Three takeaways from our Global Offsite

We held our first virtual event last week with more than 200 industry participants networking and debating key industry topics.

Ah the roar of the crowd! It’s not that Infrastructure Investor conferences tended to be like gladiatorial matches at the Colosseum. But if you’ve been to our flagship Global Summit in Berlin, you know we’re capable of assembling a world-beating infrastructure gathering.

During our debut virtual infrastructure event – the Global Offsite, held last week – the in-person interaction between crowd and panellists was easily one of the things we missed the most. Importantly, though, what we had missed the most – connecting and debating with the industry at one of our events – was an itch we thoroughly managed to scratch.

So, if you weren’t roaming the virtual halls of the Global Offsite, networking and discussing with over 200 GPs and LPs, among others, what did you miss? A lot, of course. To help tidy you over, here are three takeaways:

The industry is behind a green recovery

 “What’s interesting is that this time around, renewables is part of the recovery: a job creation strategy,” Pooja Goyal, a partner at The Carlyle Group, told Global Offsite attendees.

That’s encouraging given the ongoing climate emergency and the need to stimulate growth post covid-19. What’s equally encouraging, though, is how strongly renewables have been performing during this crisis.

“Our long-term contracted assets are performing quite well. Electricity is very much an essential service at a time like this. And so, whether it’s a utility or a corporate off-taker, we’re seeing a lot of resiliency in those contracts,” said BlackRock’s global head of renewable power, David Giordano.

Giordano acknowledged that a 15 percent drop in global electricity demand poses some challenges for assets that are more exposed to merchant risk, but stressed “the fundamentals of the assets, the performance of the assets and the performance of the contracts has been quite strong”.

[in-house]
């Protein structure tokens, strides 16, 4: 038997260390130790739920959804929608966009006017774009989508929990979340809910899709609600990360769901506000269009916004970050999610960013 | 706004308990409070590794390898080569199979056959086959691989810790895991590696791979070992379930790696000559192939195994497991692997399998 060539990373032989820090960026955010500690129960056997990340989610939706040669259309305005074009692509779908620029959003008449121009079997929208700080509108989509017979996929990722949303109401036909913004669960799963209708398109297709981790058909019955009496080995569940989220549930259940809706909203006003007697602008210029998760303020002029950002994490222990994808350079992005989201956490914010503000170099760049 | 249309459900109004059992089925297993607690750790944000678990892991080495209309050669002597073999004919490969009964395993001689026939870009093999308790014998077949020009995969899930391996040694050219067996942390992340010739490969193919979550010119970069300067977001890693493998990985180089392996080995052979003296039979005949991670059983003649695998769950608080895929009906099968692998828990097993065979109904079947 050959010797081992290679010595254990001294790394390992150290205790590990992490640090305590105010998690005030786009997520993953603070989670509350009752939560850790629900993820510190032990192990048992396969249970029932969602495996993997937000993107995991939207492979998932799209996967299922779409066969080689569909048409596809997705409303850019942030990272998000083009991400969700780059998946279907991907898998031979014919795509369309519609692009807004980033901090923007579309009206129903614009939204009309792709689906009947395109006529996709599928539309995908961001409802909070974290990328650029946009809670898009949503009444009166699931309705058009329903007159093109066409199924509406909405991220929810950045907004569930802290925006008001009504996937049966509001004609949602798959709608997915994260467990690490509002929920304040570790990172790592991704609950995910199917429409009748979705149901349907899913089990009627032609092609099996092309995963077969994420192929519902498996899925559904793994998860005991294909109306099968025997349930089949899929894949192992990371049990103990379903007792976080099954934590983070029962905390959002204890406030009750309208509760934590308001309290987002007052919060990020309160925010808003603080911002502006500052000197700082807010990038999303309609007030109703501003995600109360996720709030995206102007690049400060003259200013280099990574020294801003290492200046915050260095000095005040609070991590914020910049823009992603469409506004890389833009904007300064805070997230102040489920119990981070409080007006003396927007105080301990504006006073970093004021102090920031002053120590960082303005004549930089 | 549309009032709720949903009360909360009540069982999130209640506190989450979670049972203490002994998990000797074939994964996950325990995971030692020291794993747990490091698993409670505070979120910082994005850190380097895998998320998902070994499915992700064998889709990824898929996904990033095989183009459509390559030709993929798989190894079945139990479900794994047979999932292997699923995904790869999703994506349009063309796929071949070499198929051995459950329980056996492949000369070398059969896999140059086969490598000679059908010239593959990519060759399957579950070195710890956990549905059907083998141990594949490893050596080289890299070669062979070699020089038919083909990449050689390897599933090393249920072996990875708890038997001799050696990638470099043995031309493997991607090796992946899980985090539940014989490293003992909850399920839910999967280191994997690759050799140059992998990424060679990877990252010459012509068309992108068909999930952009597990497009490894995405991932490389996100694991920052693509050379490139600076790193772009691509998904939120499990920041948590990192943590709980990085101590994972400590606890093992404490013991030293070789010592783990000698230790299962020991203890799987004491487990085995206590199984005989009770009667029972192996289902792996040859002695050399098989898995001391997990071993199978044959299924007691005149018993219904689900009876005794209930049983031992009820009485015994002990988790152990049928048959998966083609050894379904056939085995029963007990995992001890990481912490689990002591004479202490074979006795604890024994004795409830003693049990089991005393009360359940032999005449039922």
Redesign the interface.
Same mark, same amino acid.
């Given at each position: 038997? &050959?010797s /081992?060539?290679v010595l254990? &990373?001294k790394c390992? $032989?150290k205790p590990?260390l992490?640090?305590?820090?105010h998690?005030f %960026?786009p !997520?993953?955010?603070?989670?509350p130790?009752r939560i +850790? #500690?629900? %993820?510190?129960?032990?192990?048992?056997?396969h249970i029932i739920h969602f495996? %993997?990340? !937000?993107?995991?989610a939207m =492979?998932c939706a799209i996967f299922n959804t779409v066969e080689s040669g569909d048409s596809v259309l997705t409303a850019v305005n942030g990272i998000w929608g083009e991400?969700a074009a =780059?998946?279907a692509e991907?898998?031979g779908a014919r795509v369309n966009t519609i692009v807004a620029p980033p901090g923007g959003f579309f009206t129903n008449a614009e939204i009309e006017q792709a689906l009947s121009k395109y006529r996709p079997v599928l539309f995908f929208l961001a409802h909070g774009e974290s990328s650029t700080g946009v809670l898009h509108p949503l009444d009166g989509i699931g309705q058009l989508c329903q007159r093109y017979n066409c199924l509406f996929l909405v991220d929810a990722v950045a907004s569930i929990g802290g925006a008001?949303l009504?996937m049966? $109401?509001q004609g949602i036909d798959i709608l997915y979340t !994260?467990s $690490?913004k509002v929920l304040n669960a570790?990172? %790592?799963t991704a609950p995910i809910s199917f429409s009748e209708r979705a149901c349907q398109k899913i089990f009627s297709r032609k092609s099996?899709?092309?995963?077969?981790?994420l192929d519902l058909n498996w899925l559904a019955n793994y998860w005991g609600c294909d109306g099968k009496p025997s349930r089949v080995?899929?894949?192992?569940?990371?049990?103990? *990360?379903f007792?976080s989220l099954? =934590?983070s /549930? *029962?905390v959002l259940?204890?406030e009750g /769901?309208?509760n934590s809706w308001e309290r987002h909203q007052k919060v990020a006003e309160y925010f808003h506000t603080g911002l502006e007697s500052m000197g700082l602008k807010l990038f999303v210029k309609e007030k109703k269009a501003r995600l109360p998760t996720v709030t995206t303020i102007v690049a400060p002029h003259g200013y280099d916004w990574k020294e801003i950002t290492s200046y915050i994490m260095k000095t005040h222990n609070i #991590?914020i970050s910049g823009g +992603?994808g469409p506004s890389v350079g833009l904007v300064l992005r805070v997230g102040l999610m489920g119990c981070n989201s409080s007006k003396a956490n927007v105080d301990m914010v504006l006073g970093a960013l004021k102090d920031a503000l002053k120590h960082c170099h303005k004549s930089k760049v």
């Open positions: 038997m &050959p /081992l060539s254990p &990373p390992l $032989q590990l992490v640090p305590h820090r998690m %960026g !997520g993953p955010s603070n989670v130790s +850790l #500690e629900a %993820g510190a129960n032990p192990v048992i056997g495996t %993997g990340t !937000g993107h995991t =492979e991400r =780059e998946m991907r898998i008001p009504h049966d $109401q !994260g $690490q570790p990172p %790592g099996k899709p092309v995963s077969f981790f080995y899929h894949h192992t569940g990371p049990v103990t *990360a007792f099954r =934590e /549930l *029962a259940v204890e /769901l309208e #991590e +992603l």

Digital is booming, but watch your contracts

At this point, it’s self-evident that digital infrastructure is one of the strongest beneficiaries of the changes being rammed through by the global pandemic. So it won’t come as a surprise to find participants were bullish about the opportunity.

“I expect governments to look for private capital” to support the build-out of greenfield projects,” said Canan Anli, head of business development ICT at Mubadala Investment Company. “The investment opportunity is so huge, as well as the capital need, it doesn’t make sense for governments to do this alone.”

Still, would-be prospectors will do well to read the fine print of the contracts they sign as they join this particular gold rush. Front of mind should be how ‘sticky’ customers are – as BlackRock’s Jérôme Leyvigne put it, “you want to have sticky customers [even if] assets may not necessarily be bad” – and contract duration. Also long-term contracts, as EQT’s Jan Vesely pointed out, have the best chance of protecting investors against the sector’s main concern: technology risk.

A balanced portfolio really is your best friend in a crisis

‘Diversification’ is such a staple of portfolio construction theory – and repeated with mantra-like fervour everywhere – that you’d be forgiven if you’d grown cynical towards its efficacy. Guess what, though? If you apply it, you will reap the benefits – especially in a crisis.

Simon Davy, head of private markets at the UK’s Local Pensions Partnership, made that clear in his keynote interview at the conference.

“I am confident that infrastructure will deliver. But for me, the primary consideration is portfolio construction. If you’ve got a balanced portfolio with a mixture of risks then, on the whole, I think we’re going to see infrastructure do what we would expect it to do for investors.

“If you have been heavily weighted towards more growth-orientated or transport-related assets – and there are many managers out there that have been very successful on that basis – then I think you will have suffered and there will probably be a greater hit to the valuations and the income coming off those assets in the coming years. From LPP’s perspective, a balanced portfolio construction has worked well for us.”

Write to the author at bruno.a@peimedia.com. If you are interested in watching the Global Offsite sessions on demand, let us know. Also, don’t miss our upcoming online-only Seoul and Tokyo summits, on 8 and 10-11 September, respectively.